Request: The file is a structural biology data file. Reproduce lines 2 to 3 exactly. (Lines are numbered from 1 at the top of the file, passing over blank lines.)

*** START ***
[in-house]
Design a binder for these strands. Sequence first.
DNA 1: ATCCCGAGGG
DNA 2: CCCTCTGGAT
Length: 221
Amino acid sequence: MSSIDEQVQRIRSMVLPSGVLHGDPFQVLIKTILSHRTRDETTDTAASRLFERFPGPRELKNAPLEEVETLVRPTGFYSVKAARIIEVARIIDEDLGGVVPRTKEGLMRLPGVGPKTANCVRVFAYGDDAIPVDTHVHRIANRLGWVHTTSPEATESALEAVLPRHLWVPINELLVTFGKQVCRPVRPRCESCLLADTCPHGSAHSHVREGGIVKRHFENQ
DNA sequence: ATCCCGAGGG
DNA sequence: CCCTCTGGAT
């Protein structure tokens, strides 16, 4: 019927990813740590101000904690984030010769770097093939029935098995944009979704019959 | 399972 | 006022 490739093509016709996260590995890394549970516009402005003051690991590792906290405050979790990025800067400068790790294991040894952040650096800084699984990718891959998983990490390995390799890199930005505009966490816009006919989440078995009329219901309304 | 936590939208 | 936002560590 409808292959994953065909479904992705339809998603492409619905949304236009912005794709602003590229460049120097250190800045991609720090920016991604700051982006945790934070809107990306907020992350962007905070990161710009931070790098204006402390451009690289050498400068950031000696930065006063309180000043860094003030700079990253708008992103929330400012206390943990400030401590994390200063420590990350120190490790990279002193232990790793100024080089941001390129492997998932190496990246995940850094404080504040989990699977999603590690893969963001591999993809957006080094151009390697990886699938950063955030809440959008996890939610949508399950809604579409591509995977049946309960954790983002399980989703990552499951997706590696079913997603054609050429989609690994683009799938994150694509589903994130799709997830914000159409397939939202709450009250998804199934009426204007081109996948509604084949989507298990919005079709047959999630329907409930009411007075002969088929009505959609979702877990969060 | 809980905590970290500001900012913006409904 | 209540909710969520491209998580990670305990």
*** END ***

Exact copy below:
Design a binder for these strands. Sequence first.
DNA 1: ATCCCGAGGG